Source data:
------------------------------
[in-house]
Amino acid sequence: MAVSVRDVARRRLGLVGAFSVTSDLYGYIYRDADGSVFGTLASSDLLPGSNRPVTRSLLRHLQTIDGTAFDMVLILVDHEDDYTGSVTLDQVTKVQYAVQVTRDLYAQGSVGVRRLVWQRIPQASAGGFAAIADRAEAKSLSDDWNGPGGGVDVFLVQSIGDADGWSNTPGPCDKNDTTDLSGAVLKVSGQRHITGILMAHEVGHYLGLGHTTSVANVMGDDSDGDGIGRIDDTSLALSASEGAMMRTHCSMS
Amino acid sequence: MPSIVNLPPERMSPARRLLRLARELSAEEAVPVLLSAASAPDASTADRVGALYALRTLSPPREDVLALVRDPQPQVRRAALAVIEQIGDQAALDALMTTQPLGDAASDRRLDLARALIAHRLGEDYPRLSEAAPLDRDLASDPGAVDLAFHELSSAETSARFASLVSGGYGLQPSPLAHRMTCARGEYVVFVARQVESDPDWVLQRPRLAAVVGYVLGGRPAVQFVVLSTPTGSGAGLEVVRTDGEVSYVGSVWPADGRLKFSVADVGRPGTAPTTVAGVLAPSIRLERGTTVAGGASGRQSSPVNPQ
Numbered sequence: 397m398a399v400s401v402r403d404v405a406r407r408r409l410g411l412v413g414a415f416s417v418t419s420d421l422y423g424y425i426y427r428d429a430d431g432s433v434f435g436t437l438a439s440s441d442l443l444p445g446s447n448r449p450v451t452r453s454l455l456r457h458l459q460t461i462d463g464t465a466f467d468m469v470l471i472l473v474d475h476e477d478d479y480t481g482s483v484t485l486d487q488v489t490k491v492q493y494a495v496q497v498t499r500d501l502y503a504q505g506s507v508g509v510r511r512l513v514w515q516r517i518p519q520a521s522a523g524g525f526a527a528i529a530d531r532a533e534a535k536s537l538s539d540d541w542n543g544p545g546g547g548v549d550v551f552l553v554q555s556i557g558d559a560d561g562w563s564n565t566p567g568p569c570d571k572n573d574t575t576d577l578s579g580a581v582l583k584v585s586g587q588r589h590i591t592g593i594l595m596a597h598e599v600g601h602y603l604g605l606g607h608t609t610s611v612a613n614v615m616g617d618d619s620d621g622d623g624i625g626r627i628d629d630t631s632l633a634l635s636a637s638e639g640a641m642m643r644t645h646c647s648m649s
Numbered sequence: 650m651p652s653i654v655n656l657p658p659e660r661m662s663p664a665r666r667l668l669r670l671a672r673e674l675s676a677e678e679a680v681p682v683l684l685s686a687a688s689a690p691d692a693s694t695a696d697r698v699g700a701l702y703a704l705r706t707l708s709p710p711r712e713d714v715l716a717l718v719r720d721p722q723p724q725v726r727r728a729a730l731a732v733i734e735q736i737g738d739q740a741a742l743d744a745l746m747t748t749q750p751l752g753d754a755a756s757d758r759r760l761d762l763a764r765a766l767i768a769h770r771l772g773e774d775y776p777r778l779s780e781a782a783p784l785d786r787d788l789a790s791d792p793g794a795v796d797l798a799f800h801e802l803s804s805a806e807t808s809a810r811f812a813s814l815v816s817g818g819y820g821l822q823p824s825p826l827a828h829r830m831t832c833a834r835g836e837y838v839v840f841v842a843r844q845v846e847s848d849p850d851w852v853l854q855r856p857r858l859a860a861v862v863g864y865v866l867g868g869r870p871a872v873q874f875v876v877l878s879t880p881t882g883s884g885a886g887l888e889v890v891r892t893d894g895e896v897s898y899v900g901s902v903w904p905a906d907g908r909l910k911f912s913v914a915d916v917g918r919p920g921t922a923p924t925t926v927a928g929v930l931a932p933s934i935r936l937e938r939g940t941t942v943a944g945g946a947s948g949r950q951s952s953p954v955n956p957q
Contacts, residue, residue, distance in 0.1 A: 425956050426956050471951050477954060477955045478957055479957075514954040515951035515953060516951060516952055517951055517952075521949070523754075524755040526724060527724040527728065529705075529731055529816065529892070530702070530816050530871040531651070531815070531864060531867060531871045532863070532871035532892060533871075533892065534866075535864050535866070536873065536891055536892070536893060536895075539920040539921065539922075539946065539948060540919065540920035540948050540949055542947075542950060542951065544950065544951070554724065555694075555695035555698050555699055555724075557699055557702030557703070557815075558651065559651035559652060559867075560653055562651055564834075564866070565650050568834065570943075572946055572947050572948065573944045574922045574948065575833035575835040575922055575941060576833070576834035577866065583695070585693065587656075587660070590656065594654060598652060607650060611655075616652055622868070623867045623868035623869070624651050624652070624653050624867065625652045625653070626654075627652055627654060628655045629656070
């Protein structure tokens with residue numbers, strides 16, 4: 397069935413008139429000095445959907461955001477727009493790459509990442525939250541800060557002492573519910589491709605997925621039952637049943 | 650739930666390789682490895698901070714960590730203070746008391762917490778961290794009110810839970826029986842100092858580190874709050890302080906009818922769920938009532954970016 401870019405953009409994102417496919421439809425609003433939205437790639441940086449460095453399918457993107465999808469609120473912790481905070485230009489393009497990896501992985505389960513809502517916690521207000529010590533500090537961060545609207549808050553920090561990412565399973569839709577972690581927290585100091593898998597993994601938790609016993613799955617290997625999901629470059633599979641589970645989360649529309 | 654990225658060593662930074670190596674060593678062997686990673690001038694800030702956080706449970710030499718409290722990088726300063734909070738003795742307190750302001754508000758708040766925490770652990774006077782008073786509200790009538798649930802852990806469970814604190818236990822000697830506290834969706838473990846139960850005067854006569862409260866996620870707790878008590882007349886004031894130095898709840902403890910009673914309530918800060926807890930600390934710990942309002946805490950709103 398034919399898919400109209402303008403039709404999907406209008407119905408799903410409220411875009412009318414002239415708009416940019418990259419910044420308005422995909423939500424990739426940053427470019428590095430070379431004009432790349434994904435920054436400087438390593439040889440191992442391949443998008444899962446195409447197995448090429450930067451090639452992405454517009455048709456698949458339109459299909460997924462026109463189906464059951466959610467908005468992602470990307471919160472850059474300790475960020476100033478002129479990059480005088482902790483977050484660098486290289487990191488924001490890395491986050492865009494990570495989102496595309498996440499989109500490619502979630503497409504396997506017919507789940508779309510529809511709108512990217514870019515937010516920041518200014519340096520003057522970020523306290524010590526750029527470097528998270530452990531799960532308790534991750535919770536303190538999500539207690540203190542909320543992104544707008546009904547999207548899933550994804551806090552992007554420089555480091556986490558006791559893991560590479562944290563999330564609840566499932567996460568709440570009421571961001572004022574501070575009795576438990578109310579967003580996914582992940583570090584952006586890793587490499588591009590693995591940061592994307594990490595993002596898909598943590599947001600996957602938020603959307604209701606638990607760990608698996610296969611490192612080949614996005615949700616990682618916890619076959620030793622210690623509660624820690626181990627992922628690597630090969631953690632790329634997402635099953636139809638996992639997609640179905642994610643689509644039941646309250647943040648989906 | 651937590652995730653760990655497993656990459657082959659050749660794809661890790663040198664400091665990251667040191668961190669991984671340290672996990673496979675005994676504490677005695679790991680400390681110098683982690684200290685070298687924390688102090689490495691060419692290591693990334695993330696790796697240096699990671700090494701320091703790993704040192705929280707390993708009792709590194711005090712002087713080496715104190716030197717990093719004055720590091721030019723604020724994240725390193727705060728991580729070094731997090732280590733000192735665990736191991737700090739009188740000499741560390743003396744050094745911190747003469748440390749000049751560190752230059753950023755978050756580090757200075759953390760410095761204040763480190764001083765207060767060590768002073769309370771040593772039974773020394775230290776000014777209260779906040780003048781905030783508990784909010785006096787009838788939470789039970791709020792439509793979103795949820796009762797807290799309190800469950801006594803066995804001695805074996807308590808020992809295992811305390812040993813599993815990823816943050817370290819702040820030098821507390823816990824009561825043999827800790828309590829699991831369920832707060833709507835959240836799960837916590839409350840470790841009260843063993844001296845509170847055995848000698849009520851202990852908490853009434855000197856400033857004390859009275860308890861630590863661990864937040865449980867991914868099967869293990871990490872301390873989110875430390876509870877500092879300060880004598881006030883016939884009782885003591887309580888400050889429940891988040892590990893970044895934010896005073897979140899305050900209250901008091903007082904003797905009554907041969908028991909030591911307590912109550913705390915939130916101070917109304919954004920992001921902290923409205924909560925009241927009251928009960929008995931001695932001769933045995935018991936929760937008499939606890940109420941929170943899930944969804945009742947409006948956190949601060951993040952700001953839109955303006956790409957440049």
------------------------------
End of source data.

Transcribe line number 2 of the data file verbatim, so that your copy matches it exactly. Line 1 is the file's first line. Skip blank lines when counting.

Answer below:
Amino acid sequence: MAVSVRDVARRRLGLVGAFSVTSDLYGYIYRDADGSVFGTLASSDLLPGSNRPVTRSLLRHLQTIDGTAFDMVLILVDHEDDYTGSVTLDQVTKVQYAVQVTRDLYAQGSVGVRRLVWQRIPQASAGGFAAIADRAEAKSLSDDWNGPGGGVDVFLVQSIGDADGWSNTPGPCDKNDTTDLSGAVLKVSGQRHITGILMAHEVGHYLGLGHTTSVANVMGDDSDGDGIGRIDDTSLALSASEGAMMRTHCSMS